I first posted this on mathematics. However, I got no answer there and it seems adapted here too. Also, it seems to be harder than I first thought.

Karamata's Tauberian theorem states the following. Let $A(z)=\sum a_nz^n$ be a power series with non-negative coefficients $a_n$ and radius of convergence 1. Let $\beta>0$. Then, as the **real** variable $s\in [0,1]$ tends to 1, $\sum_{n\geq 0}a_ns^n\underset{s\to 1}{\sim} c/(1-s)^\beta$ if and only if $\sum_{k=0}^na_k\underset{n\to \infty}{\sim}c'n^{\beta}$, where $c$ and $c'$ are determine each other. Moreover, if $a_n$ is non-increasing, then one can replace $\sum_{k=0}^na_k$ with $a_n$, that is, we have $a_n\sim c''n^{\beta-1}$. See for example Corollary 1.7.3 in Bingham, Goldie and Teugel's book Regular variation.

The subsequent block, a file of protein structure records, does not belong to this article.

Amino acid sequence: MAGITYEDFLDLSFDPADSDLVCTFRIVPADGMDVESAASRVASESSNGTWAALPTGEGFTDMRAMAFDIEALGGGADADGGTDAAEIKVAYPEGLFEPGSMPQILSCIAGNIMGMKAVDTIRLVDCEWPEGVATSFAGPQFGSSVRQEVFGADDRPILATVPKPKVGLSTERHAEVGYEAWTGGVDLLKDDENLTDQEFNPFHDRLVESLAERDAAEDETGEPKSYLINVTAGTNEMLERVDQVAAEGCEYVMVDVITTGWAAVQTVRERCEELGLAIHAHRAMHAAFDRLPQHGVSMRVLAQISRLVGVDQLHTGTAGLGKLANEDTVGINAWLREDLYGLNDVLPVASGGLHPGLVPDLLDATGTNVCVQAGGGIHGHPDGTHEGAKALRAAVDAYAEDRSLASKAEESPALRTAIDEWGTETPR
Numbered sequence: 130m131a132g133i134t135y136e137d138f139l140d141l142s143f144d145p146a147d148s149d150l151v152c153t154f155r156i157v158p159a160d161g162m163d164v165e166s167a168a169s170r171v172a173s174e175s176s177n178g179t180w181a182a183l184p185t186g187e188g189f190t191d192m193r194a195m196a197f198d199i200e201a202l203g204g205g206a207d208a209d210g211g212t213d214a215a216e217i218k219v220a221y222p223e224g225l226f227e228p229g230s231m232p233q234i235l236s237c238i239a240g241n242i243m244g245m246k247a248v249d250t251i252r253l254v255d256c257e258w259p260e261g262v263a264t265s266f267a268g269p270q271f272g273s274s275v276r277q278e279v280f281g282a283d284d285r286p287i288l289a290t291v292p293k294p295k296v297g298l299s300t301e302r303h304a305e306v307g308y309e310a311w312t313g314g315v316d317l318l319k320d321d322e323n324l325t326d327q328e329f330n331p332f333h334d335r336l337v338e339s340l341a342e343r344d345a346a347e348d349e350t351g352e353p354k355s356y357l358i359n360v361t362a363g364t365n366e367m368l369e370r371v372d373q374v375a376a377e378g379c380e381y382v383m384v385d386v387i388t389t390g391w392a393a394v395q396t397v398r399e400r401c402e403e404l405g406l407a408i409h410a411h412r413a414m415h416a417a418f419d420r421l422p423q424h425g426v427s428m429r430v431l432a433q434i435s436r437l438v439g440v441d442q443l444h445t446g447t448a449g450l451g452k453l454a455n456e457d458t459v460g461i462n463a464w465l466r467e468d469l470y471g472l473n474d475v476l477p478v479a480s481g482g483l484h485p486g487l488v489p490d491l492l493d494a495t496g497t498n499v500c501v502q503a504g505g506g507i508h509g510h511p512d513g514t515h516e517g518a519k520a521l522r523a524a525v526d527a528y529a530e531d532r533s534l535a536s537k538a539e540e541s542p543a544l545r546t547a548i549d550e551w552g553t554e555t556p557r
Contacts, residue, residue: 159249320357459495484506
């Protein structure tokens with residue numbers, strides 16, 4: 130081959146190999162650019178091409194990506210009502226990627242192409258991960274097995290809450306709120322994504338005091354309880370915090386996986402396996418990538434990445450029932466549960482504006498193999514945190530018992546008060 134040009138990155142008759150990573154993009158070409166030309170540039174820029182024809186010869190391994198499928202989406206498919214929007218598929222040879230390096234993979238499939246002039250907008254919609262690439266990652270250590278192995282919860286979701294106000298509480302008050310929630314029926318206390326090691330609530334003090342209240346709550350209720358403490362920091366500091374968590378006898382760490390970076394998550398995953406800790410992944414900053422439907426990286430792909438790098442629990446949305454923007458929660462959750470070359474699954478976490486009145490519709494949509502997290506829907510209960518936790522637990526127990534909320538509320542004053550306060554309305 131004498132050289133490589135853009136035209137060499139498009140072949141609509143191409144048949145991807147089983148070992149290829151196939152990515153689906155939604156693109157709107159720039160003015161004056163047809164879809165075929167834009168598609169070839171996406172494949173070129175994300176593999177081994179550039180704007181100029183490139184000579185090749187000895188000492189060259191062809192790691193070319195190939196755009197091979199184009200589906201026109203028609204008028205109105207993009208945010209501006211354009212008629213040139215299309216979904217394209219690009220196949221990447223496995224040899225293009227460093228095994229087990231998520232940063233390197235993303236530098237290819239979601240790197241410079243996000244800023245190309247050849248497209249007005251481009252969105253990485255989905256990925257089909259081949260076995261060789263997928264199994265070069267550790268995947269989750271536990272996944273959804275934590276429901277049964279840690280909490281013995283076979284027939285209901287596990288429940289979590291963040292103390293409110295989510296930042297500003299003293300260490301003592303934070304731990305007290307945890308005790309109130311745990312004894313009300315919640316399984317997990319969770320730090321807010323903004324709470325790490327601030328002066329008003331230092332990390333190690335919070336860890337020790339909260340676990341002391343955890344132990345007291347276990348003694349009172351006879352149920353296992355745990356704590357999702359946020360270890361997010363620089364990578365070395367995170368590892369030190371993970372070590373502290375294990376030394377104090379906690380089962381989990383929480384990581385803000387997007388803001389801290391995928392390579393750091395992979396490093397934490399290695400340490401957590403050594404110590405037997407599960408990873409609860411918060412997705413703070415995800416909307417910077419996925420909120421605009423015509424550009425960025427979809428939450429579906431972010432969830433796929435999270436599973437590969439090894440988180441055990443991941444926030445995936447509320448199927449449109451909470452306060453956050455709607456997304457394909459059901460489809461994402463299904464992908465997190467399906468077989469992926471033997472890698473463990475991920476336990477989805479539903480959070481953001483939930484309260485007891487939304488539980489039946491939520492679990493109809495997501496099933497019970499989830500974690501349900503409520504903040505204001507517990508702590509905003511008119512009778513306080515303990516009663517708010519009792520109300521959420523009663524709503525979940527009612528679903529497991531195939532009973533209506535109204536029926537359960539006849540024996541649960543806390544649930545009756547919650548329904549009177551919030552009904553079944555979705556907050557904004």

**I'm wondering if the following is true.** For two functions $f$ and $g$, write $f\asymp g$ if there exists $C\geq 0$ such that $f\leq Cg$ and $g\leq Cf$. Let $A(z)=\sum a_nz^n$ be a power series with non-negative coefficients $a_n$ and radius of convergence 1. Then, $\sum_{n\geq 0}a_ns^n \asymp 1/(1-s)^\beta$ for $s\in [0,1]$ if and only if $\sum_{k=0}^na_k\asymp n^{\beta}$ if and only if $a_n\asymp n^{\beta-1}$. The implicit constants are asked not to depend on $s$ and $n$ respectively.